Review Summary: ...Oceansize Jr.?2 of 2 thought this review was well written
Oceansize may not have ever been big enough to have changed the future of rock music as we know it, but their life and untimely demise clearly made waves with this Bristol four-piece. Lengthy songs treading the line that separates Mogwai-esque post-rock from modern prog, off-kilter time signatures, layered guitars alternating between chiming delay-laden atmospherics and heavy riffing... even the vocal delivery and harmonising often echoes that of Mike Vennart, minus the northern snarl.
So it's hardly original, but to dismiss this EP based on that would be to ignore a strong set of post/prog rock whcih occasionally touches on spectacular. It's an impressively varied collection, with each track expressing a different side to the band, from the chiming indie guitars of Wires and Code
to the Deftones esque riffing of The Pretence
and the warm, choral closer The Mapmaker
. In fact, "choral" seems to be a word to describe most of the vocal parts on the EP, with non-harmonised sung parts being so rare that it's actually difficult to determine what exactly the lead vocalist sounds like, making his voice a little indistinctive compared to say, Chino Moreno (to cite another influence of theirs) a shame when the vocals are clearly handled very well and with impressive range and variety.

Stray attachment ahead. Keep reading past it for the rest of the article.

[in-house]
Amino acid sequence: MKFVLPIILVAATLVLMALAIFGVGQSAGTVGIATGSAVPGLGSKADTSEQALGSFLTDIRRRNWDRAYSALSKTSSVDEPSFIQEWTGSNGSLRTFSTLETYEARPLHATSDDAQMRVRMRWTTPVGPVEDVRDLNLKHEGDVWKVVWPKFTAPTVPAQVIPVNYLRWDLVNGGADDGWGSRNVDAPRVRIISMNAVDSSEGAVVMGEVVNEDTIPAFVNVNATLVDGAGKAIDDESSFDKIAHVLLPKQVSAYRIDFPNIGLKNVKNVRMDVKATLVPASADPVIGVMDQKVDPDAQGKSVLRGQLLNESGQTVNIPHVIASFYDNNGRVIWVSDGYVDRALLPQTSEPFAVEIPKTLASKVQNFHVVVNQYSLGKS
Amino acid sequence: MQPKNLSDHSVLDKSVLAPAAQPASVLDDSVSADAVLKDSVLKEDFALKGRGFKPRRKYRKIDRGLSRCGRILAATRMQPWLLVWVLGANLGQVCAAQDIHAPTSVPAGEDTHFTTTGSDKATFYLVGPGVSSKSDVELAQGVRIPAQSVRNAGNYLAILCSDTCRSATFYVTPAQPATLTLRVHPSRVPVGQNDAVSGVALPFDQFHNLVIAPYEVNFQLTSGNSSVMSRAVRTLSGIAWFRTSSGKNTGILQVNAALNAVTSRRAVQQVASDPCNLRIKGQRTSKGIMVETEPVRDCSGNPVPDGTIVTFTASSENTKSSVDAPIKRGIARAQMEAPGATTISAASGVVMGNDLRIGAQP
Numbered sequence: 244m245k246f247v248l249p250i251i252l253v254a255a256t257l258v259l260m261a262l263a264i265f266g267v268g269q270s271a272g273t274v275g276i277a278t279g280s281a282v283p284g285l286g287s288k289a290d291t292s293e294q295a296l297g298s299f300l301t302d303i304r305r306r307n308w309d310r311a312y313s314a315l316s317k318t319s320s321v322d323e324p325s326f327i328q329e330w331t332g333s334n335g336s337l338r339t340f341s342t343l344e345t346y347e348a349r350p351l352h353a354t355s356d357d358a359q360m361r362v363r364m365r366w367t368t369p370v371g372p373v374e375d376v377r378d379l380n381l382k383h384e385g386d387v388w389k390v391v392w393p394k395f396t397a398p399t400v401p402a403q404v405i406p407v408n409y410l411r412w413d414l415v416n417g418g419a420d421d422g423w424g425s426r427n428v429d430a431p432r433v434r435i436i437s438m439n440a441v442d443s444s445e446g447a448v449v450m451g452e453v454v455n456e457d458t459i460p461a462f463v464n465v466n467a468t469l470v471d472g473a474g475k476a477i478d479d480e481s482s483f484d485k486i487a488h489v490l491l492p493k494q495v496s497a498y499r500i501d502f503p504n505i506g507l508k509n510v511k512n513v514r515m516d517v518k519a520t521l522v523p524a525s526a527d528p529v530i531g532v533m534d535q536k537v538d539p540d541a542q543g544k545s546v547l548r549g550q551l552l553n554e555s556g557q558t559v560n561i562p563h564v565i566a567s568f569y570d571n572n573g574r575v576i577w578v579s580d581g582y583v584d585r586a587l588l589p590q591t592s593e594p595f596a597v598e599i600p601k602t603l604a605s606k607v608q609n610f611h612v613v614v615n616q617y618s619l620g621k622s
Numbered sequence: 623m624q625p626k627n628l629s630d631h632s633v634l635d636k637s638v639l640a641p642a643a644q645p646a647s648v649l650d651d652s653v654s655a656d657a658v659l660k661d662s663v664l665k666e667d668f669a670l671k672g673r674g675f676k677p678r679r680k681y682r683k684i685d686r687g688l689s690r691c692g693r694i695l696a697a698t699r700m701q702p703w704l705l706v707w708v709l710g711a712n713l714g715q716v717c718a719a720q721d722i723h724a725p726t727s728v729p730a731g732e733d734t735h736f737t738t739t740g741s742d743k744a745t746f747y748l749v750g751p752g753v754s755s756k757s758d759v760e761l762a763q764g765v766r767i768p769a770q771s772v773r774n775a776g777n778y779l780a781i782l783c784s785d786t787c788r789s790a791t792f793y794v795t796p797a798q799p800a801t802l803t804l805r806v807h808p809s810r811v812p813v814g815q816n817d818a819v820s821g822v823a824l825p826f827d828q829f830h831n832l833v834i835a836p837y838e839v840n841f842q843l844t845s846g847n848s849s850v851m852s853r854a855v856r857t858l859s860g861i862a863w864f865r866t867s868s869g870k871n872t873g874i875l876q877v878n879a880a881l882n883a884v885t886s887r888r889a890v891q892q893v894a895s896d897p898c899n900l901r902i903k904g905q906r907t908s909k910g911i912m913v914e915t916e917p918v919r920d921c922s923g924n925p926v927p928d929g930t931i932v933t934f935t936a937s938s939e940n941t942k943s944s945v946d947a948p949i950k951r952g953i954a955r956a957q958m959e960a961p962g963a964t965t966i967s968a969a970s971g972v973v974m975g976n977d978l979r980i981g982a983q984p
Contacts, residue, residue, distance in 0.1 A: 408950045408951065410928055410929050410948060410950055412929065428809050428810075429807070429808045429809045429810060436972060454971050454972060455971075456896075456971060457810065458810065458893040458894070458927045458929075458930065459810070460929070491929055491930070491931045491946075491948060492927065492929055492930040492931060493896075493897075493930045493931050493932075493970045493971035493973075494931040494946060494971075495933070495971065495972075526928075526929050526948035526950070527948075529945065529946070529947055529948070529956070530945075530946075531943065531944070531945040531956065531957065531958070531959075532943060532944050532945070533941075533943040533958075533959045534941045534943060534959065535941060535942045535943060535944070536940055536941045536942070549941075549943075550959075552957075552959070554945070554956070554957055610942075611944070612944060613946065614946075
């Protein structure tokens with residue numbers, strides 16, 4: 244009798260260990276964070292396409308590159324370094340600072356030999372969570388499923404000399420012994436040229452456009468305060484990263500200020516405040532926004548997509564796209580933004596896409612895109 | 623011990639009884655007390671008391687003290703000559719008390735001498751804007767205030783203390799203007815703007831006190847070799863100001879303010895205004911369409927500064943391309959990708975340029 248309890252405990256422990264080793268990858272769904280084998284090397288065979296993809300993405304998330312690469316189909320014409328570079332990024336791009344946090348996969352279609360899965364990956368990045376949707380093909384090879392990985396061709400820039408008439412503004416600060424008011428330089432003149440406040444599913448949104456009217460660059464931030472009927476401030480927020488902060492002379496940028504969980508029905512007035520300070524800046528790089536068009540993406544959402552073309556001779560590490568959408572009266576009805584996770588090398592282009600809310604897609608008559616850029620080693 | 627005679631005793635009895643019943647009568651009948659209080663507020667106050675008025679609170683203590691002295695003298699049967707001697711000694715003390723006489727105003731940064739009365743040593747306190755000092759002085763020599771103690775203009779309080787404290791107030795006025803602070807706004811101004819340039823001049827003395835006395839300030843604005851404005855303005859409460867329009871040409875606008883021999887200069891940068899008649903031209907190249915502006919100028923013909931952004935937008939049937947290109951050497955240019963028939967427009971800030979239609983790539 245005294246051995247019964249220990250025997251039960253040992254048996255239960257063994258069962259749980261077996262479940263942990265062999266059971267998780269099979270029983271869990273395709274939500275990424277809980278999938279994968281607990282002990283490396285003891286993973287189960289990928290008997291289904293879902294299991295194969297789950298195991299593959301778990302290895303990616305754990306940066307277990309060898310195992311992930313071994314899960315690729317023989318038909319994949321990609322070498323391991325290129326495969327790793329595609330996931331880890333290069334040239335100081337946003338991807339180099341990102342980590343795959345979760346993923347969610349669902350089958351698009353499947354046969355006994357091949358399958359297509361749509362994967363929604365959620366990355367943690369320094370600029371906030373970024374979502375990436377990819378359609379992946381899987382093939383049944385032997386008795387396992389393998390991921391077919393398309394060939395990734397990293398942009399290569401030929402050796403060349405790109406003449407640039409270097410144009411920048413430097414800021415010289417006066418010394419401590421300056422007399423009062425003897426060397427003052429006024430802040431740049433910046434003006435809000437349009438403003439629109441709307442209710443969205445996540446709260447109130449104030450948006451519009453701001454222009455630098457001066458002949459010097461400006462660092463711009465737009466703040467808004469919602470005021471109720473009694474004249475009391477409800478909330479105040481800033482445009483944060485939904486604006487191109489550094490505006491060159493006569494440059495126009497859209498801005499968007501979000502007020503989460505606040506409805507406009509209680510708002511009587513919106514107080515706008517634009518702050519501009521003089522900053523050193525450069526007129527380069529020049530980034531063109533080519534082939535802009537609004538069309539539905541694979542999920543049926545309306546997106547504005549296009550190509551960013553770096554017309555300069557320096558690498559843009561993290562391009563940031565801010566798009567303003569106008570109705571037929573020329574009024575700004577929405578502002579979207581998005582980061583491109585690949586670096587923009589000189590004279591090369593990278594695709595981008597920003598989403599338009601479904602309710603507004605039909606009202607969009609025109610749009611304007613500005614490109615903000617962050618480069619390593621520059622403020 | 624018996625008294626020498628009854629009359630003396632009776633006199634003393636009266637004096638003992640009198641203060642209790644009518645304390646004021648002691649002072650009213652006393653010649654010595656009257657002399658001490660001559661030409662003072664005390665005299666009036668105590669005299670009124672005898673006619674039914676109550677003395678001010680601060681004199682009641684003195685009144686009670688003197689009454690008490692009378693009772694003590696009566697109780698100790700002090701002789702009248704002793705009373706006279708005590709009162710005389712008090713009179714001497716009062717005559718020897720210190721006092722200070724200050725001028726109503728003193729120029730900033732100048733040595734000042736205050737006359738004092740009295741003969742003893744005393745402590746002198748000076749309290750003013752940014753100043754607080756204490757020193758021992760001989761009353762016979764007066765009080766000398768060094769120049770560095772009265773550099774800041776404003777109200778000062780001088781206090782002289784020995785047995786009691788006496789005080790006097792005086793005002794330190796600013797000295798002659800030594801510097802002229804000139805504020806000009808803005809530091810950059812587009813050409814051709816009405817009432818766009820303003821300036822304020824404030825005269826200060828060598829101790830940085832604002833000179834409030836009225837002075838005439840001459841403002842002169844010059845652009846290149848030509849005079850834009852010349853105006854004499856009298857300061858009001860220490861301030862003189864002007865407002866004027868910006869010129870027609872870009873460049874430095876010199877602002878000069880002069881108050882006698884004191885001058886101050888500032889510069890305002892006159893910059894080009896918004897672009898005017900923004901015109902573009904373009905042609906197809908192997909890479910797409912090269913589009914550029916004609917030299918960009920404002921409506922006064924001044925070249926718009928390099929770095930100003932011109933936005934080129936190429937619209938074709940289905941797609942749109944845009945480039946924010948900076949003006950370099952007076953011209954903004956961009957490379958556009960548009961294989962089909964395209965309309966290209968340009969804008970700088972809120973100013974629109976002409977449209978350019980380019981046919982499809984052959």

There's not a bad song here, but it's on tracks 2 and 3 where this EP really hits its stride. Stitched to the Bone
is as big sounding as they come here, with an almost rapped (yes really) verse part that could have gone so badly wrong but is performed with enough conviction to carry it off. The mid-section is particularly strong, spitting out riff after riff with increasing intensity, never losing its flow. Its predecessor, Judge
is even more impressive, creeping into the speakers almost lazily, before the vocals lift and carry the song through a series of climaxes, each one bigger than the last. The layered vocals work better here than anywhere else, and the melodies to which they are sung are never less than stunning.
If Oceansize did indeed lay down the gauntlet for British modern prog rock, Judge
is proof that this band are up to the challenge, and the rest of this self-titled EP shows that, with some more originality to their sound, their first full length release could be something very special indeed.